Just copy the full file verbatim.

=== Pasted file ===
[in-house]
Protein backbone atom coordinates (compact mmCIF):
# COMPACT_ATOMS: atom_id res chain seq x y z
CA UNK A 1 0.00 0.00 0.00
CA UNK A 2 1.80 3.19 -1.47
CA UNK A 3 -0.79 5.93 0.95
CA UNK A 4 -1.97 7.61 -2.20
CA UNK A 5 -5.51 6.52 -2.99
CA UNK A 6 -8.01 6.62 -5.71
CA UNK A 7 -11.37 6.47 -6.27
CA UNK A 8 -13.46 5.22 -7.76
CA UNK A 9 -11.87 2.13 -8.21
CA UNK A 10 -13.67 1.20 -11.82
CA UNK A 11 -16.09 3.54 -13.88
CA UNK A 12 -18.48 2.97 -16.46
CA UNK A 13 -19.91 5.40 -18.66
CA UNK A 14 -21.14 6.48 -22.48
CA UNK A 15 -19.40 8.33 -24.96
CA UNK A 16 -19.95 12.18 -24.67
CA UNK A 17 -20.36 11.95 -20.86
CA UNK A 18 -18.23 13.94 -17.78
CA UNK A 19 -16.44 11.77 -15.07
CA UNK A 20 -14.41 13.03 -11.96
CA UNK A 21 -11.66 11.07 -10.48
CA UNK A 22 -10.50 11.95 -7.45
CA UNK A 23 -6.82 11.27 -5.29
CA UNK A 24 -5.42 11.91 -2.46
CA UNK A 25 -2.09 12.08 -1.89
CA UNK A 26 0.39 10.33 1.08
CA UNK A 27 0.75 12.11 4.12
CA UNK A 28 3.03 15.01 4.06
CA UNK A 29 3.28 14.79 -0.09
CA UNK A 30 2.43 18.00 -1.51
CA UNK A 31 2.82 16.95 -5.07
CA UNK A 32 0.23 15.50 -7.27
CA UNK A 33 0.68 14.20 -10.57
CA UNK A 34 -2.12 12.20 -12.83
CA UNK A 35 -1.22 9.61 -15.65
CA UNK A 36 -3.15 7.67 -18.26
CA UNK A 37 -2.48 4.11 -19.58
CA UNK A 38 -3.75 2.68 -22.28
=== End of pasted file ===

[in-house]
Protein backbone atom coordinates (compact mmCIF):
# COMPACT_ATOMS: atom_id res chain seq x y z
CA UNK A 1 0.00 0.00 0.00
CA UNK A 2 1.80 3.19 -1.47
CA UNK A 3 -0.79 5.93 0.95
CA UNK A 4 -1.97 7.61 -2.20
CA UNK A 5 -5.51 6.52 -2.99
CA UNK A 6 -8.01 6.62 -5.71
CA UNK A 7 -11.37 6.47 -6.27
CA UNK A 8 -13.46 5.22 -7.76
CA UNK A 9 -11.87 2.13 -8.21
CA UNK A 10 -13.67 1.20 -11.82
CA UNK A 11 -16.09 3.54 -13.88
CA UNK A 12 -18.48 2.97 -16.46
CA UNK A 13 -19.91 5.40 -18.66
CA UNK A 14 -21.14 6.48 -22.48
CA UNK A 15 -19.40 8.33 -24.96
CA UNK A 16 -19.95 12.18 -24.67
CA UNK A 17 -20.36 11.95 -20.86
CA UNK A 18 -18.23 13.94 -17.78
CA UNK A 19 -16.44 11.77 -15.07
CA UNK A 20 -14.41 13.03 -11.96
CA UNK A 21 -11.66 11.07 -10.48
CA UNK A 22 -10.50 11.95 -7.45
CA UNK A 23 -6.82 11.27 -5.29
CA UNK A 24 -5.42 11.91 -2.46
CA UNK A 25 -2.09 12.08 -1.89
CA UNK A 26 0.39 10.33 1.08
CA UNK A 27 0.75 12.11 4.12
CA UNK A 28 3.03 15.01 4.06
CA UNK A 29 3.28 14.79 -0.09
CA UNK A 30 2.43 18.00 -1.51
CA UNK A 31 2.82 16.95 -5.07
CA UNK A 32 0.23 15.50 -7.27
CA UNK A 33 0.68 14.20 -10.57
CA UNK A 34 -2.12 12.20 -12.83
CA UNK A 35 -1.22 9.61 -15.65
CA UNK A 36 -3.15 7.67 -18.26
CA UNK A 37 -2.48 4.11 -19.58
CA UNK A 38 -3.75 2.68 -22.28